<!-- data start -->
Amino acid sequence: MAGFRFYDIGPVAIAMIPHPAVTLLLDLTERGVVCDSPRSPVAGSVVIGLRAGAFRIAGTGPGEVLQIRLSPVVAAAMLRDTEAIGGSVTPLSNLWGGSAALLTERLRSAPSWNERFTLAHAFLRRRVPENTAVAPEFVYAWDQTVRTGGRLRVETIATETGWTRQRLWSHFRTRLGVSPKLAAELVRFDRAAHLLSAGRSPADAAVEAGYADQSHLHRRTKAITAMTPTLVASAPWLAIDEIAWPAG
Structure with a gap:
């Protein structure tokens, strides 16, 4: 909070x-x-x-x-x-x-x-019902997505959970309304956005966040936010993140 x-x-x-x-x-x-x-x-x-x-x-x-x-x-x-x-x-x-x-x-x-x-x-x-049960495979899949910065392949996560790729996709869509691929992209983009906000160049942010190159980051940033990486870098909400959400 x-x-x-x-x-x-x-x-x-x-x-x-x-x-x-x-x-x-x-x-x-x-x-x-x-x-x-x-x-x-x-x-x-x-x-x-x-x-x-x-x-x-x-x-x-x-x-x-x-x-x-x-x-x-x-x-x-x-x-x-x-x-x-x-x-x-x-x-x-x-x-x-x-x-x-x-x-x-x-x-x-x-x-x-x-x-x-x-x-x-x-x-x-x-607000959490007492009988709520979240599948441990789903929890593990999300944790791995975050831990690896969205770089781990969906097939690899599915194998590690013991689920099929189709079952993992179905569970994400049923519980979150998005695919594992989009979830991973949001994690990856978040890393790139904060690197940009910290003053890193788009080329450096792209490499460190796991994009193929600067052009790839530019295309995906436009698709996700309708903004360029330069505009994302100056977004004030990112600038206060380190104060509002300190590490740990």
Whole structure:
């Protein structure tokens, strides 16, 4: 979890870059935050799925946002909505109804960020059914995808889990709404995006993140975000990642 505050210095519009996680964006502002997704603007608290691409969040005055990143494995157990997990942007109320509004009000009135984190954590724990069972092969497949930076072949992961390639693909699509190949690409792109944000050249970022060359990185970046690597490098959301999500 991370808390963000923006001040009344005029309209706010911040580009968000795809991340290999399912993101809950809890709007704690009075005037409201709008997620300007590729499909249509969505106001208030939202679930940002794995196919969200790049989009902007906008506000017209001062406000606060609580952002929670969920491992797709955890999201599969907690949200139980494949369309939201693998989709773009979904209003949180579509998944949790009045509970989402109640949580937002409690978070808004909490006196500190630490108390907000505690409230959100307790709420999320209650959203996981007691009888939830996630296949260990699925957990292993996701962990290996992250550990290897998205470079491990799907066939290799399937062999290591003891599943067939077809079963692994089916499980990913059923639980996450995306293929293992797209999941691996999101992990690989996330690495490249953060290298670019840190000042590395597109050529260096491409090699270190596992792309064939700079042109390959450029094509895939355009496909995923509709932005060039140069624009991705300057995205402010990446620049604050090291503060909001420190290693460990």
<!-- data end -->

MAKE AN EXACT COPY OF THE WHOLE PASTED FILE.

Amino acid sequence: MAGFRFYDIGPVAIAMIPHPAVTLLLDLTERGVVCDSPRSPVAGSVVIGLRAGAFRIAGTGPGEVLQIRLSPVVAAAMLRDTEAIGGSVTPLSNLWGGSAALLTERLRSAPSWNERFTLAHAFLRRRVPENTAVAPEFVYAWDQTVRTGGRLRVETIATETGWTRQRLWSHFRTRLGVSPKLAAELVRFDRAAHLLSAGRSPADAAVEAGYADQSHLHRRTKAITAMTPTLVASAPWLAIDEIAWPAG
Structure with a gap:
């Protein structure tokens, strides 16, 4: 909070x-x-x-x-x-x-x-019902997505959970309304956005966040936010993140 x-x-x-x-x-x-x-x-x-x-x-x-x-x-x-x-x-x-x-x-x-x-x-x-049960495979899949910065392949996560790729996709869509691929992209983009906000160049942010190159980051940033990486870098909400959400 x-x-x-x-x-x-x-x-x-x-x-x-x-x-x-x-x-x-x-x-x-x-x-x-x-x-x-x-x-x-x-x-x-x-x-x-x-x-x-x-x-x-x-x-x-x-x-x-x-x-x-x-x-x-x-x-x-x-x-x-x-x-x-x-x-x-x-x-x-x-x-x-x-x-x-x-x-x-x-x-x-x-x-x-x-x-x-x-x-x-x-x-x-x-607000959490007492009988709520979240599948441990789903929890593990999300944790791995975050831990690896969205770089781990969906097939690899599915194998590690013991689920099929189709079952993992179905569970994400049923519980979150998005695919594992989009979830991973949001994690990856978040890393790139904060690197940009910290003053890193788009080329450096792209490499460190796991994009193929600067052009790839530019295309995906436009698709996700309708903004360029330069505009994302100056977004004030990112600038206060380190104060509002300190590490740990």
Whole structure:
């Protein structure tokens, strides 16, 4: 979890870059935050799925946002909505109804960020059914995808889990709404995006993140975000990642 505050210095519009996680964006502002997704603007608290691409969040005055990143494995157990997990942007109320509004009000009135984190954590724990069972092969497949930076072949992961390639693909699509190949690409792109944000050249970022060359990185970046690597490098959301999500 991370808390963000923006001040009344005029309209706010911040580009968000795809991340290999399912993101809950809890709007704690009075005037409201709008997620300007590729499909249509969505106001208030939202679930940002794995196919969200790049989009902007906008506000017209001062406000606060609580952002929670969920491992797709955890999201599969907690949200139980494949369309939201693998989709773009979904209003949180579509998944949790009045509970989402109640949580937002409690978070808004909490006196500190630490108390907000505690409230959100307790709420999320209650959203996981007691009888939830996630296949260990699925957990292993996701962990290996992250550990290897998205470079491990799907066939290799399937062999290591003891599943067939077809079963692994089916499980990913059923639980996450995306293929293992797209999941691996999101992990690989996330690495490249953060290298670019840190000042590395597109050529260096491409090699270190596992792309064939700079042109390959450029094509895939355009496909995923509709932005060039140069624009991705300057995205402010990446620049604050090291503060909001420190290693460990």